When I accepted Boston College Law School’s offer of admission in 2014, I did not know exactly what to expect from my law school experience. It was the first time since third grade that I was going to show up to school on the first day without knowing a single person.
I woke up at 5 a.m. to drive down to Newton from New Hampshire on the morning of orientation. If I had left after 6 a.m., my dad assured me, I would not make it on time. Throughout the day I got to know the campus and sat through presentations by the Dean and other faculty. They called BC the “Disney World of law schools,” but said that we would also be challenged academically. They spoke of the Jesuit ideals of the quest for knowledge and care for the whole person, the importance of contributing to society and treating your classmates well. At the time, I was hoping what they were espousing would turn out to be true.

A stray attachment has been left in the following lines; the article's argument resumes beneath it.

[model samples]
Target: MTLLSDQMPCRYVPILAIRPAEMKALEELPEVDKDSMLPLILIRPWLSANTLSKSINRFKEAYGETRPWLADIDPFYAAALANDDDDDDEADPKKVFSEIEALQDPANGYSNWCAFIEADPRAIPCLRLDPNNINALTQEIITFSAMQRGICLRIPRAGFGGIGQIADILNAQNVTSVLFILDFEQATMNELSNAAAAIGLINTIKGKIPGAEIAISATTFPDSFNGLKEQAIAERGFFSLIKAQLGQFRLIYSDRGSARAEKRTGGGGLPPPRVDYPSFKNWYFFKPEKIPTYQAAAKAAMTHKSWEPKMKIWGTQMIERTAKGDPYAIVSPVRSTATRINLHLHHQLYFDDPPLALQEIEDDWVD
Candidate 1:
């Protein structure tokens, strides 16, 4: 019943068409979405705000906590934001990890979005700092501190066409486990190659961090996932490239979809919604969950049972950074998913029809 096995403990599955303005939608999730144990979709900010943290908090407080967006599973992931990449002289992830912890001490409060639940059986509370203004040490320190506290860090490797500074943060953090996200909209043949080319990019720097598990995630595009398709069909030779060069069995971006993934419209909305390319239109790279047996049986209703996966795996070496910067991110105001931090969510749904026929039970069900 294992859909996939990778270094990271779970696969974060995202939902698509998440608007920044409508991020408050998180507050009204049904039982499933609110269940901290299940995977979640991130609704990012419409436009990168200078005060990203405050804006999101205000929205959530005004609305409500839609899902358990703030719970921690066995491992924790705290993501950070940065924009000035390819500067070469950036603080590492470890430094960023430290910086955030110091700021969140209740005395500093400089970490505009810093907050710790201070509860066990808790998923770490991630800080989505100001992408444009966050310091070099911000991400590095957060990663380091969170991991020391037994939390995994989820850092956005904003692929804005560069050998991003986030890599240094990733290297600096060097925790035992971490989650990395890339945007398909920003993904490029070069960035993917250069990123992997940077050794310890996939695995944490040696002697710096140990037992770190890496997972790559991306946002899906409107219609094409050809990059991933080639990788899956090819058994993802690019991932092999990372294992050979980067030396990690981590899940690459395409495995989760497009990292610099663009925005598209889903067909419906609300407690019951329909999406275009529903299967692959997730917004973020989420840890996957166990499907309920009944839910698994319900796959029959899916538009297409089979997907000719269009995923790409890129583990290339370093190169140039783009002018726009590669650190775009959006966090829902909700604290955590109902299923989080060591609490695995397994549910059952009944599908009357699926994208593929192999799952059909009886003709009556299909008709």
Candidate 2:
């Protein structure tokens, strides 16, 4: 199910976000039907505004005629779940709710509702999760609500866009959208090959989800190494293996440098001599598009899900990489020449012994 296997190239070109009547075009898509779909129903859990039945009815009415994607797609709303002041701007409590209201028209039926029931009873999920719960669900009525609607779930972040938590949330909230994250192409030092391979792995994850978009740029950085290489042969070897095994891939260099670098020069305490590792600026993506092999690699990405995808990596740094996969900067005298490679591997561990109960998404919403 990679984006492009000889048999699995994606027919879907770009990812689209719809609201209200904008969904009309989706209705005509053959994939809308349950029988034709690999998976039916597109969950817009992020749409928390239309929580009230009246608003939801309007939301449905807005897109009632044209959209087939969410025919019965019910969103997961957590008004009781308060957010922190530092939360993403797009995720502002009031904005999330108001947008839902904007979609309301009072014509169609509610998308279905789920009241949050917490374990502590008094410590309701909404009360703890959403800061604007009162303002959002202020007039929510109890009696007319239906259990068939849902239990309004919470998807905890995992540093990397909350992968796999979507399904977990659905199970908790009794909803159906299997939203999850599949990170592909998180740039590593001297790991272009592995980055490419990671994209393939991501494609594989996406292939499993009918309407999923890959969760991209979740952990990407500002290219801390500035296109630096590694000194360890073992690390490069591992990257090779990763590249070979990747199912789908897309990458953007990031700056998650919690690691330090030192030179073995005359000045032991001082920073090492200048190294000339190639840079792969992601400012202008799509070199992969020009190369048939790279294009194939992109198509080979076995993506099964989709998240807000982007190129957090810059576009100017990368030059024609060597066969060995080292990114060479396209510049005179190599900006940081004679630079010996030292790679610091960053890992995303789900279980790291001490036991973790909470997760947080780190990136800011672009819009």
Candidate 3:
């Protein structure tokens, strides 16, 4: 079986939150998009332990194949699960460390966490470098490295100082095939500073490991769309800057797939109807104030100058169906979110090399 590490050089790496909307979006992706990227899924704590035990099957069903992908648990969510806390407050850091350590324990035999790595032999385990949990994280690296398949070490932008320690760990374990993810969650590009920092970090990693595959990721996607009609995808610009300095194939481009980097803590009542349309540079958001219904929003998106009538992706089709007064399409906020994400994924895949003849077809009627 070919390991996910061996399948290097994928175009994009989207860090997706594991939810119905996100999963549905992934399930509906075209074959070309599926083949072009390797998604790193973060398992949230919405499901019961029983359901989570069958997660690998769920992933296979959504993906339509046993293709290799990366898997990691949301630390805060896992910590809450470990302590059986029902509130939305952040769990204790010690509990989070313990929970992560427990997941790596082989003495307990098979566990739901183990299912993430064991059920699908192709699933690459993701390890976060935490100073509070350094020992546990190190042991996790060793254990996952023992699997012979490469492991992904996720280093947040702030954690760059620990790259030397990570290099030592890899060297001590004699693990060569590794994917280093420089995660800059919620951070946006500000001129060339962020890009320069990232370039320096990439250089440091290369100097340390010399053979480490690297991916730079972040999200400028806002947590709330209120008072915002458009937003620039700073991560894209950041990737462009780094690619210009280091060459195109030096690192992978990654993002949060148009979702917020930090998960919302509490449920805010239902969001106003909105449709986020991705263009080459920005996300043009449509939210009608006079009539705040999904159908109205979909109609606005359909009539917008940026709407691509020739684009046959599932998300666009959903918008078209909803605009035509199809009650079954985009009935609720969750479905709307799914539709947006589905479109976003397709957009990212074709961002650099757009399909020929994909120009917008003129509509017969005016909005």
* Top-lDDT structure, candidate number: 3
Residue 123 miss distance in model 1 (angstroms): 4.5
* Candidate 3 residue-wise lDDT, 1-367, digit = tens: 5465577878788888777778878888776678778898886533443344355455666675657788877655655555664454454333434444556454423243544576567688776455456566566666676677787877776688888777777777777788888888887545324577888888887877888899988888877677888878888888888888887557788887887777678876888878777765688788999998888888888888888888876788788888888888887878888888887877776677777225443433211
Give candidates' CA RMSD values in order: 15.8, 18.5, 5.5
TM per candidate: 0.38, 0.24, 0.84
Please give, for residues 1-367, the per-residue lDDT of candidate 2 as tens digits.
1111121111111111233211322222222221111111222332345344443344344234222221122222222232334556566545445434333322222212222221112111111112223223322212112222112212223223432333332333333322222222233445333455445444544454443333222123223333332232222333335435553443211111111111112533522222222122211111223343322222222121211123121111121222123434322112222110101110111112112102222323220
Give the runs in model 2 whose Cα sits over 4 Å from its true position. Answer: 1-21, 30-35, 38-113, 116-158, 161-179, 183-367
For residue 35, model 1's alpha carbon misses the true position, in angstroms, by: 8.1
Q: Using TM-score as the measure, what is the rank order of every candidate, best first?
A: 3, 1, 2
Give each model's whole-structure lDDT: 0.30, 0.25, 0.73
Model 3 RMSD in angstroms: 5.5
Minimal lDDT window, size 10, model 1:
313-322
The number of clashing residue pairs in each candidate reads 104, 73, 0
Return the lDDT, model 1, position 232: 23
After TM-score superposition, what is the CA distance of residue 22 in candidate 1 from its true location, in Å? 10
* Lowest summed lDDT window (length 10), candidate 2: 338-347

Name: Heather Perez
Year: 2L (Class of 2017)
Organization: Latin American Law Students Association (President)
Undergraduate Institution: Boston University
Experiences between college and law school:
I worked in public service in Boston as the Legislative Aide for State Representative Willie Mae Allen. Later, I served as the Chief of Staff for Boston City Councilor At-Large Felix G. Arroyo, and helped lead his campaign for Mayor.
Favorite event that your organization plans: